Audio Matrix (Analog Mux/Demux selection)

Hi guys,

I'm trying to make a switching matrix for my guitar, so I can wire up all my pickups and switch between many different 'virtual' wiring schematics a.k.a. presets.

It would need to be 8x8, and I'm having trouble deciding which route I should go.

Route 1. I could use a Max7219 to control 64 optocouplers, only I can't seem to find any resistive type ones that aren't expensive at this quantity. Optocouplers that I did find for a good price and size are the LTV-816S chips, although these have a phototransistor instead of photoresistor. Would the transistor portion cause much distortion?

Route 2. I could make an 8x8 matrix of transistors (FET, MOSFET, JFET?) and shift registors.

I need this project to be cheap and small, and I only need on/off style routing. I have no need for fading/interpolation between presets.

Thanks for any insight, and I'm open to other suggestions as well.

What you need is an analog multiplexer:

And, a demultiplexer if you also truly need 8 outputs.

If I used a mux/demux, would I be able to select more than one channel to output to per chip? I have a bunch of CD74HC4051s lying around somewhere, but they only allow the input to go to one of the 8 outputs.

I need something that can route one input to multiple outputs. If I can find something just like this chip (+5v logic and +/-5v signal switching) that allows multiple connections then that will be the way I will go.

Thanks guys

The 4051 can be used as 8 to 1, or as 1 to 8 switch.
Multiple chips can be stacked.
There is also an enable input that opens all the switches.

IMHO, not wise to use anything like this on a passive guitar pickup.
Guitar pickups work with high impedance (1Megohm) inputs.
And more capacitance than the guitar lead (~500pF) kills the tone.
Leo…

See, if you can find them:

MT8806A 8 x 4 Analog Switch IC MT8816A 8 x 16 Analog Switch Array IC

I found the MT8816 and MT8808 to have -0.3v to Vee +0.3v. I'd prefer to not have to bias the signal as it adds more components, but I will as a last resort. Do you know of any crosspoint switch that is 8x8 that has a larger analog voltage swing? I just don't want to take a chance of damaging anything, as I would use this for my live rig and it would really suck if anything broke while performing.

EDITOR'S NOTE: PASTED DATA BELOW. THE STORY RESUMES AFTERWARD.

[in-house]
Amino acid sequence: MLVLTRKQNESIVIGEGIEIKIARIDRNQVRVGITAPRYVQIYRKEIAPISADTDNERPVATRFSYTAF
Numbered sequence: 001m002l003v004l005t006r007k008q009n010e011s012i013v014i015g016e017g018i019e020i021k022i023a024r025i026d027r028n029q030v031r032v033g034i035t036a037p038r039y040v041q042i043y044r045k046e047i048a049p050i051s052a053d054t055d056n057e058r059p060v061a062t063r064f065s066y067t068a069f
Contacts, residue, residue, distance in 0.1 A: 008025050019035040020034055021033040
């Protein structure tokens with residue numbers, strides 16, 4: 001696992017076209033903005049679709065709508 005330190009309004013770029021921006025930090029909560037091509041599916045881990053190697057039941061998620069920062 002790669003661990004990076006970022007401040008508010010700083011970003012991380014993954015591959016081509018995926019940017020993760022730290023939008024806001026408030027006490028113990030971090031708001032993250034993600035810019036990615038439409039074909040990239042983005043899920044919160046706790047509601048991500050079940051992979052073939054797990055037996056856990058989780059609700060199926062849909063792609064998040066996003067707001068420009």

EDIT: I think I will just try the MT8808 and bias the signal to keep it in the correct range. Maybe bias it at 2.5 volts.

Questions: 1. To unbias the signal as it leaves the guitar, would I just use a dc blocking capacitor? If I use a dc blocking cap, wouldn't I need to create an RC filter (high pass)? 2. If I have to make an RC filter, wouldn't the varying impedance of switching the pickups in and out of the signal path screw with the filter?

  1. To unbias the signal as it leaves the guitar, would I just use a dc blocking capacitor? If I use a dc blocking cap, wouldn’t I need to create an RC filter (high pass)?

Naturally, capacitor and input impedance of the following circuit IS a first degree HPF.

1.2. If I have to make an RC filter, wouldn’t the varying impedance of switching the pickups in and out of the signal path screw with the filter?

The value of the capacitor must be chosen in accordance with minimum loading resistance, in order to get low freq. end range to pass via HPF.

I’m thinking that I could do something like the following:

Where R is 1 Mohm and C is 150 nf, as according to this calculator my cutoff frequency is about 1hz.

I chose 1Mohm as it doesn’t bleed treble noticeably and the minimum load from the pickups is capable of 0 ohms (nothing connected).

Does this sound about right or am I going about this completely wrong?

Thanks for your help Magician

What you draw is LPF.
HPF you may see here:

Figure-1 on a right side. “C” is supposed to be your DC blocking cap, and “R” is input impedance following circuitry.

Sorry, I posted the wrong photo. The R and C were supposed to be switched like this:

For the calculation I had in mind a correct HPF.

As for the values, does that seem about right?

Wiki agrees with you on values, there is a formula in a link I've posted. 1M and 0.15uF indeed provide 1 Hz cut-off freq.